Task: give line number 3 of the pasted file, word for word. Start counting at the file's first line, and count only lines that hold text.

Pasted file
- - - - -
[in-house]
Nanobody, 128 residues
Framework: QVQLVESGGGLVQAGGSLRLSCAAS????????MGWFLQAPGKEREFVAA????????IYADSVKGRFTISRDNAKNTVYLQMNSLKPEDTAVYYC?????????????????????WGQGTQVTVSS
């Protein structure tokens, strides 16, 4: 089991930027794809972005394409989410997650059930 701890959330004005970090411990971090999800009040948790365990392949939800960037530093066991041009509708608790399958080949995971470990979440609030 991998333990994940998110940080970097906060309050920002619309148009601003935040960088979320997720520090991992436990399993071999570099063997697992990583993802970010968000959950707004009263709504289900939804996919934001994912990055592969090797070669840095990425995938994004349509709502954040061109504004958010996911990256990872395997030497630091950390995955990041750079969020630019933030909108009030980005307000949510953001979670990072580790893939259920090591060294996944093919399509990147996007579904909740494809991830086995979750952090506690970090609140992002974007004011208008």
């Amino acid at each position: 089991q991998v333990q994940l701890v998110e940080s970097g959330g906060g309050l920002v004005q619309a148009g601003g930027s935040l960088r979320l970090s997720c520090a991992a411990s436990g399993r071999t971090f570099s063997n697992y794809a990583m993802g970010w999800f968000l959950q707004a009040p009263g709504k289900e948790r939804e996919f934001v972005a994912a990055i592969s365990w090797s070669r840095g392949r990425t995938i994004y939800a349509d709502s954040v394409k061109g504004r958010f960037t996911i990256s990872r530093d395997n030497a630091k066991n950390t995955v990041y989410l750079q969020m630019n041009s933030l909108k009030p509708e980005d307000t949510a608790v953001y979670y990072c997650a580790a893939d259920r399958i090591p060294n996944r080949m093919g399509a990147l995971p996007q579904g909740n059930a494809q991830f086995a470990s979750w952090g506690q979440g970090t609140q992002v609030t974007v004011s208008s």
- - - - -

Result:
Framework: QVQLVESGGGLVQAGGSLRLSCAAS????????MGWFLQAPGKEREFVAA????????IYADSVKGRFTISRDNAKNTVYLQMNSLKPEDTAVYYC?????????????????????WGQGTQVTVSS